4. Propranolol is effective in all supraventricular tachycardias associated with high levels of circulating catecholamines, e.g. halothane or cyclopropane anaesthesia, thyrotoxicosis, pheochromocytoma and also in digitalis toxicity due to its ability to increase refractory period of AV node and direct membrane stabilizing action.

5. Since beta blockers increase the stroke volume as a result of slowing of heart, it is used to relieve congestion and dyspnoea associated with Obstruction of ventricular outflow in the presence of hypertrophic cardiomyopathy, mitral stenosis with tachycardia, dissecting aortic aneurysm and Fallot’s tetralogy.

6. Propranolol and nadolol ase useful in portal hypertension to reduce bleeding from oesophageal varices and gastric erosion.

7. Propranolol is used to reduce tachycardia, tremor, cardiac irregularities, sweating nervousness and raised BMR in cases of thyrotoxicosis.

8. Pheochromocytoma: Beta blockers may be employed in combination with alpha adrenoceptor blocker in pheochromocytoma during removal of the tumour, to prevent excessive cardiac stimulation by catecholamines released from the tumour. Labetalol may also be used in this condition.

9. Glaucoma: Timolol (0.25—0.5%) is used as an eyedrop in cases of wide angle glaucoma to reduce intraocular tension.

10. Neurological disorders: Propranolol has been found to be useful in:

  • Reducing the frequency and severity of migraine
  • Reducing anxiety states by inhibiting somatic manifestations of anxiety such as palpitation, tachycardia, sweating and diarrhoea
  • Reducing the central adrenergic over activity during alcohol withdrawal
  • The treatment of essential tremor

Adverse reactions: Beta blockers may cause following adverse reactions:

  • Extreme bradycardia and hypotension
  • Precipitate or worsen congestive heart failure due to withdrawal of cardiac sympathetic derives.
  • Precipitate or worsen bronchial asthma
  • Propranolol may cause fatigue, depression, sleep disturbances and vivid dreams.
  • Abrupt withdrawal of beta blockers may result in a rebound phenomenon (severe angina or myocardial infarction) and death may occur in patients of ischaemic heart disease.
  • Beta-blockers potentiate the hypoglycaemic action of insulin and oral anti diabetic agents.

Contraindications: Beta blockers are contraindicated in:

  • Mental depression
  • Incipient heart failure and heart block
  • Anesthesia with cardiac depressant drugs. In the following conditions, beta blockers are contraindicated except selective blockers which may be tried with care if needed the most:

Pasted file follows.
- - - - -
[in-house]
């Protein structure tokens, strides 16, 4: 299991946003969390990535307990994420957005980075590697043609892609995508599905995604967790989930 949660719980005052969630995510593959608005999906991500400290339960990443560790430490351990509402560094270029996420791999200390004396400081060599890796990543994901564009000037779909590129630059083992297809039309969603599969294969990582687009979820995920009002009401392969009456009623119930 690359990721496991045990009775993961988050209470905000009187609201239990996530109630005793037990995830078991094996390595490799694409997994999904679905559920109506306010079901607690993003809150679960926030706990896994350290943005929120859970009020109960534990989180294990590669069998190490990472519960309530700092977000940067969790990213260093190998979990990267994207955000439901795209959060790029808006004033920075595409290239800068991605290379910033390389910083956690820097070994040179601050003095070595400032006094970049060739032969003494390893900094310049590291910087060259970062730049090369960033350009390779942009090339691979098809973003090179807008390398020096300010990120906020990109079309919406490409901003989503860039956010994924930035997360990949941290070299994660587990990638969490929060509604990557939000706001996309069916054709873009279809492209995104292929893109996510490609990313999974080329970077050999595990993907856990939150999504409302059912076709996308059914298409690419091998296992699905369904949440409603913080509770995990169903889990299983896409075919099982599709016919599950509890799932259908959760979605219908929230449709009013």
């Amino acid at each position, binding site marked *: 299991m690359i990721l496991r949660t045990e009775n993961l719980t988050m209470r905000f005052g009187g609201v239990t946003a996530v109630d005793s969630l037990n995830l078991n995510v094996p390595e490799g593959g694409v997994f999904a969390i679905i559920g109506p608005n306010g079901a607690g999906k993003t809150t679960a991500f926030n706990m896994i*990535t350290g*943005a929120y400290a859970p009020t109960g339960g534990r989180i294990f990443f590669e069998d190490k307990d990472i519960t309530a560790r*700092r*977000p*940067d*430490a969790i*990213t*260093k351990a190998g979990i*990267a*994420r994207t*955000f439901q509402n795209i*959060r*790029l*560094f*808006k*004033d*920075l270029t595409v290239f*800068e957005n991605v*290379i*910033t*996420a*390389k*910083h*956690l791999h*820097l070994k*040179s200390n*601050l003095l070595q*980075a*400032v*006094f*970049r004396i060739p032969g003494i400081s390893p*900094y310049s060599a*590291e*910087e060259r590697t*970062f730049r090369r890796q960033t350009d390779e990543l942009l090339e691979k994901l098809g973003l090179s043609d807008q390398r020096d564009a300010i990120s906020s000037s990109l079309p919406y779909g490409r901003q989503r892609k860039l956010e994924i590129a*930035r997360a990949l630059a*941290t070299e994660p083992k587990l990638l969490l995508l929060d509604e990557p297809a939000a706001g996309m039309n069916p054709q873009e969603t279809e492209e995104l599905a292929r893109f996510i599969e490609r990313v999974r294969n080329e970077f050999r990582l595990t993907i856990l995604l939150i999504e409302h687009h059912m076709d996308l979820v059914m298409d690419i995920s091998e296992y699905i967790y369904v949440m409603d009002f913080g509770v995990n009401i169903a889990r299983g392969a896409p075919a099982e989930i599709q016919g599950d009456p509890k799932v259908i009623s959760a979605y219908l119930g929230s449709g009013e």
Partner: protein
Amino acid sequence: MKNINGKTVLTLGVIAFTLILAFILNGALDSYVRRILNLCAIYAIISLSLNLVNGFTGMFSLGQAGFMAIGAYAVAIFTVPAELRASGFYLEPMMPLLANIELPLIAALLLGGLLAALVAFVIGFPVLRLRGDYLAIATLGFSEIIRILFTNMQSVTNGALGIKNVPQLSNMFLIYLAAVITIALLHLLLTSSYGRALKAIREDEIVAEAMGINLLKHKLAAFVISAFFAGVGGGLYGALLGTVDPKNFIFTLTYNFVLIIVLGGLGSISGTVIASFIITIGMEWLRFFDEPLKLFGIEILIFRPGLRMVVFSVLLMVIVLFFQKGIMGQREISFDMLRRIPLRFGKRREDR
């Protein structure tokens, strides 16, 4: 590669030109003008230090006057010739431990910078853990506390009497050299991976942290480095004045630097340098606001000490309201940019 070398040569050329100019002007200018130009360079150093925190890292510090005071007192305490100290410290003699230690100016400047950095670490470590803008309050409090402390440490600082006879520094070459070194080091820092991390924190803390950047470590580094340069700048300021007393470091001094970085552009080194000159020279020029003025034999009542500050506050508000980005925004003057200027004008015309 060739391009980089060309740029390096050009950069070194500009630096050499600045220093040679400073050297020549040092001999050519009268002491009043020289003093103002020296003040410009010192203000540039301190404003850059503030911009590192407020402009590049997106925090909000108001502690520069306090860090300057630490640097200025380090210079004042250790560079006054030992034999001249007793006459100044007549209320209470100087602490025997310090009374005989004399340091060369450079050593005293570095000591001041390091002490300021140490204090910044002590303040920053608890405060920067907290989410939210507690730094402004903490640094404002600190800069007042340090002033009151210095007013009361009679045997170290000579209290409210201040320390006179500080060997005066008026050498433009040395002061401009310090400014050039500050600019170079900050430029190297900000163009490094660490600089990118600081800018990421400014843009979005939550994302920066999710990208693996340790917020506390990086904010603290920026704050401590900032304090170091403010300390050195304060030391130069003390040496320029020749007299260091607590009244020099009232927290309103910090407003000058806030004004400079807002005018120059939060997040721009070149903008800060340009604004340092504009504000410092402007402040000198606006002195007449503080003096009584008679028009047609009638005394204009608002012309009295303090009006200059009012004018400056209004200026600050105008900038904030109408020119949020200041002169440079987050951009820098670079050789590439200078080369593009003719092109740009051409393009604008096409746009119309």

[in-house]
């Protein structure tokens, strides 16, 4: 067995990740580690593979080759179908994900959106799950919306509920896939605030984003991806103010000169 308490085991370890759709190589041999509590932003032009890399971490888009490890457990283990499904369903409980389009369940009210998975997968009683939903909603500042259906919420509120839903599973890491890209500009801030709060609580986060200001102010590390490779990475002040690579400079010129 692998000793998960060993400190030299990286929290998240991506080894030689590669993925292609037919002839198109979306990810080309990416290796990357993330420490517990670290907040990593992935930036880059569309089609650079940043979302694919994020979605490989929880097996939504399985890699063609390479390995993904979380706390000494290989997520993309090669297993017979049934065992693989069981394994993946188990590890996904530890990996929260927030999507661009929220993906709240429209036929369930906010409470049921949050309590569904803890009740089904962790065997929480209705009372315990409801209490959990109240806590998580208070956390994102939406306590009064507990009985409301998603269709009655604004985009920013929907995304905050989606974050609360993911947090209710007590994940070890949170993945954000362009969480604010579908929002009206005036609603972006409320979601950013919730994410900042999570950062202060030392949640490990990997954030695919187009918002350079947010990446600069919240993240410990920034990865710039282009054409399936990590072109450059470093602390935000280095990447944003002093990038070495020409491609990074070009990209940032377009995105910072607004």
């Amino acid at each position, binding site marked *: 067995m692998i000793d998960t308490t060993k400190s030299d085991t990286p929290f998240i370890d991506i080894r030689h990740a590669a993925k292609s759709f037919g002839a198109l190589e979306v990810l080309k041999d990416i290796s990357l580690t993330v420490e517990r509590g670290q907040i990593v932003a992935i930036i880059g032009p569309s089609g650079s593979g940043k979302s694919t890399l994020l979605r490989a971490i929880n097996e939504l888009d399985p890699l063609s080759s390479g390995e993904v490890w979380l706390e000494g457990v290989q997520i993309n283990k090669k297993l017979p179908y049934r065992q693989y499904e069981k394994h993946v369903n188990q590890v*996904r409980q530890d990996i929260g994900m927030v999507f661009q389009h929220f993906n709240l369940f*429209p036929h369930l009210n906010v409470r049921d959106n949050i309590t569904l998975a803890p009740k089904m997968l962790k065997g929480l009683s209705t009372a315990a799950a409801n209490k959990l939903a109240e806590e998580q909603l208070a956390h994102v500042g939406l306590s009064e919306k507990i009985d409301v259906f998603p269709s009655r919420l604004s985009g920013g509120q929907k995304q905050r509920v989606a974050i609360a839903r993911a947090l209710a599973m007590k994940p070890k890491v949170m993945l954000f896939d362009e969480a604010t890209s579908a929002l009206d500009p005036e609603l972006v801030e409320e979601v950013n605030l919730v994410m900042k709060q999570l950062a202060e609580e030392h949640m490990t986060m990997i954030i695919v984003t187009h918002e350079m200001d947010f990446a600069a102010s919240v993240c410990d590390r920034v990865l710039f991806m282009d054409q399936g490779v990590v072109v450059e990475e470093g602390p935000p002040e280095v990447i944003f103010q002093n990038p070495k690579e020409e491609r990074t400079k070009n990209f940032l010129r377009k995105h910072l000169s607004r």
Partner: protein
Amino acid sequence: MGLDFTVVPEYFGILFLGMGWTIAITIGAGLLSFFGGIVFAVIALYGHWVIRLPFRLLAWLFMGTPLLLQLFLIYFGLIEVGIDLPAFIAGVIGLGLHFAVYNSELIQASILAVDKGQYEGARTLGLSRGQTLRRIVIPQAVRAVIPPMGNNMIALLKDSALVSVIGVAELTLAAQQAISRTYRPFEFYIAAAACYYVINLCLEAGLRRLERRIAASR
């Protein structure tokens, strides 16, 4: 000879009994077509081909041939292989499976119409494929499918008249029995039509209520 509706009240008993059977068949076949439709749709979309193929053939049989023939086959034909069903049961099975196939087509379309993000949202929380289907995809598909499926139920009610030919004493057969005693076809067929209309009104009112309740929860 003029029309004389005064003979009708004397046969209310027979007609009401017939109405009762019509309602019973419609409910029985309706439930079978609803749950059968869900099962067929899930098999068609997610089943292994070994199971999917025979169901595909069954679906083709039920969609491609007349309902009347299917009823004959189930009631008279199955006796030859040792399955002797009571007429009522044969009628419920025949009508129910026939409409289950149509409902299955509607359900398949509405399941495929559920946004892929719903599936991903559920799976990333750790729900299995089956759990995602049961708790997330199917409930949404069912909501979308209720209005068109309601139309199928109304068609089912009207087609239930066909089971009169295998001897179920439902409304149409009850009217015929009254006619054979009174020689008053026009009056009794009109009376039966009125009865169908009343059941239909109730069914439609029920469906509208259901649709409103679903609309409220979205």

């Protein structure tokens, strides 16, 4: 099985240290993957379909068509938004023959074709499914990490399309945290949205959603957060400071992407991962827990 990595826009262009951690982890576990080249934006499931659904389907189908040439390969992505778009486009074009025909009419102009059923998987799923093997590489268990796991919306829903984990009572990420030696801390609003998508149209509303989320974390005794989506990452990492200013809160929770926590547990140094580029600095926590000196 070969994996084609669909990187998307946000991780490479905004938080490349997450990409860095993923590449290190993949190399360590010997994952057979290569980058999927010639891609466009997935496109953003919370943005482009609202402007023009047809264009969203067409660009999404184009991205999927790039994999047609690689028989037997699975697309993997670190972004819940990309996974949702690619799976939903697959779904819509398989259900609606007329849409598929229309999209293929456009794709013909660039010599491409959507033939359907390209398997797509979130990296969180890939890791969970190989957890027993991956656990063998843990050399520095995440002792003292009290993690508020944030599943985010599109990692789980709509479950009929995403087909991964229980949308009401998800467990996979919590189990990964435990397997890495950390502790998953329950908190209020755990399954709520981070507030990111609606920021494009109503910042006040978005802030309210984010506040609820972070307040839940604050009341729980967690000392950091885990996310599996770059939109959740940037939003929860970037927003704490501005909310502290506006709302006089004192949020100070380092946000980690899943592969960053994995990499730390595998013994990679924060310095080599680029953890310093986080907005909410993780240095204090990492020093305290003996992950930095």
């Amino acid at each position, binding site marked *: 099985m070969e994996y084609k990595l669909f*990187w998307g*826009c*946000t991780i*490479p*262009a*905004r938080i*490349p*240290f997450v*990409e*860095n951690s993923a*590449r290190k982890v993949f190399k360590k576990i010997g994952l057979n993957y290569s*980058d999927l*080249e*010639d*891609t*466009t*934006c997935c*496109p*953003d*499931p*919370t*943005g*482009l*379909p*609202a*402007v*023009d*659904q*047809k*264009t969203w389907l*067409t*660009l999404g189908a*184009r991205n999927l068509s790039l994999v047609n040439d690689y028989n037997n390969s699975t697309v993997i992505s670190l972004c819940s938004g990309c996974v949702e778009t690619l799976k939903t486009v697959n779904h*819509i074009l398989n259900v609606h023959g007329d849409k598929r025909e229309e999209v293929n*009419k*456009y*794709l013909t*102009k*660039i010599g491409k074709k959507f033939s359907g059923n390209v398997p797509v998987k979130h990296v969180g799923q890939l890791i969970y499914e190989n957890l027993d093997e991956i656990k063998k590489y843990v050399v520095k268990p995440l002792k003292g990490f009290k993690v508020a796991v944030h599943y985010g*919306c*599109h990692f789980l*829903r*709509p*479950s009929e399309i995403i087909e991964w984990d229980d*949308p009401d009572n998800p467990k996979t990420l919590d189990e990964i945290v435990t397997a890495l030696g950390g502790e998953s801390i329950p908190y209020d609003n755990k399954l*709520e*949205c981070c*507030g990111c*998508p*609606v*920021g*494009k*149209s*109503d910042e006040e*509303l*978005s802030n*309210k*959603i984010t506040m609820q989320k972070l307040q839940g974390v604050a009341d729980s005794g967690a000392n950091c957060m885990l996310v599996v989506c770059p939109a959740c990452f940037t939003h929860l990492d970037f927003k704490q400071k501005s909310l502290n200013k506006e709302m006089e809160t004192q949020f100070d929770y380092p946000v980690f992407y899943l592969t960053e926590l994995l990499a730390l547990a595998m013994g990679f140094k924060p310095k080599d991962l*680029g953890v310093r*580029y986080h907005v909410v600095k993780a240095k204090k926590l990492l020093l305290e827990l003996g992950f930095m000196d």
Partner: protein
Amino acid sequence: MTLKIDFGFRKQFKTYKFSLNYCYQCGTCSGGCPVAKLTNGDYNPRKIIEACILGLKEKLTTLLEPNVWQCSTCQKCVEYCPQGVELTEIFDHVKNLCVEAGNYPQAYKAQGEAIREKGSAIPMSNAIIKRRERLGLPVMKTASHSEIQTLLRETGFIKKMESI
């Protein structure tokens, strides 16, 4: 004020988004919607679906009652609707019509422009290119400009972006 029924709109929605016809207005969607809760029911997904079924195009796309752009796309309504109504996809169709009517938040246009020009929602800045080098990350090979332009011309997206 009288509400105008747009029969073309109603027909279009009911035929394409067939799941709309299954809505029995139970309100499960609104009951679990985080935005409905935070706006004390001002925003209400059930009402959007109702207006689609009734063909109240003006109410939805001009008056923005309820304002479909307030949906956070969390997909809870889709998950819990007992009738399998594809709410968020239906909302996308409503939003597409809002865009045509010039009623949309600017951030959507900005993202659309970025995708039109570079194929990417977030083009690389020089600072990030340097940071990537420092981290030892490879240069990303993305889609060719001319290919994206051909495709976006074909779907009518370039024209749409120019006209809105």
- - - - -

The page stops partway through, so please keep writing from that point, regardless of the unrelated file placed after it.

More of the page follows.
• Bronchial asthma
  • Peripheral vascular spasmodic diseases
  • Insulin dependent diabetes mellitus.

Points for Dental Students

Beta adrenoceptor blocking agents are widely used drugs. So if a patient on beta blocker comes to a dentist, he should be careful prescribing other drugs due to important drug interactions. For example, the effect of beta blockers is increased by furosemide, cimetidine, hydralazine, etc. and decreased by phenytoin, rifampin, indomethacin and other NSAIDs, etc.

Further, beta blockers enhance the hypoglycemic effects of insulin and oral hypoglycemic agents; sympathomimetics (non-selective) increase pressor response due to availability of unopposed functional vasopressor alpha-receptors. This is important in dental practice when adrenaline containing local anaesthetic solution is used to a patient on propranolol. If per chance adrenaline is absorbed in sufficient concentration there can occur serious rise in blood pressure leading to even hypertensive crisis.

To treat ventricular arrhythmias, xylocaine is infused i.v. in large doses in coronary care units. In such cases, co-administration of propranolol is contraindicated to avoid xylocaine toxicity which occur due to:

(i) inhibition of oxidation of xylocaine and (ii) decreased hepatic blood flow leading to reduced delivery of xylocaine for metabolism.


1. Alpha-receptor blocking drugs inhibit adrenergic responses mediated through aipha-adrenergic receptors.

2. Tolazoline is a competitive antagonist of aipha-adrenoceptor. It is used in Raynaud’s disease, thromboangitis obliterance, frostbite, etc.

3. Phentolamine is used as a preliminary test (Regitine test) in the diagnosis of pheochromocytoma. A fall of blood pressure by 35/25 mm Hg is diagnostic.

4. Ergotamine is a potent vasoconstrictor which is used in migraine headache.

5. Phenoxybezamine causes irreversible competitive antagonism of alpha adrenoceptor of long duration. It is mainly used in the treatment of pheochromocytoma.

6. Prazocin, terazocin, doxazocirt, trimazocin, indormin and urapidil are extremely potent and highly selective c receptor blocker which have no action on presynaptic ct2 receptors. They are used to treat hypertension along with a diuretic.

7 Beta-adrenoceptor blocking agents are synthetic analogues of isoprenaline. They selectively and competitively block the actions of catecholamines mediated through beta-receptor stimulation.

8. Beta-adrenoceptor blocking agents are used to treat essential hypertension, angina pectoris, myocardial ischaemia, supraventricular tachycardia, hypertrophic cardiomyopathy, portal hypertension, thyrotoxicosis, pheochromocytoma, glaucoma and neurological disorders.

9. Beta blockers are contraindicated in mental depression, incipient heart failure, heart block, bronchial asthma, peripheral vascular diseases, insulin dependent diabetes mellitus.

10. Important beta blockers other than propranolol are metoprolol (cardio-selective beta-blocker), atenolol (potent l3 blocker), esmolol (selective blocker) and timolol (non-selective beta-blocker; used in wide angle glaucoma). Nebivolol is a cardioselective 13 blocker and a nitric oxide donor.

11. Acebutolol and pindolol are useful in patients with low cardiac reserve.

12. Labetalol, dilevalol, carvedilol have both and beta blocking activity. They are useful in the treatment of hypertension, rebound hypertension after sudden withdrawal of clonidine and pheochromocytoma.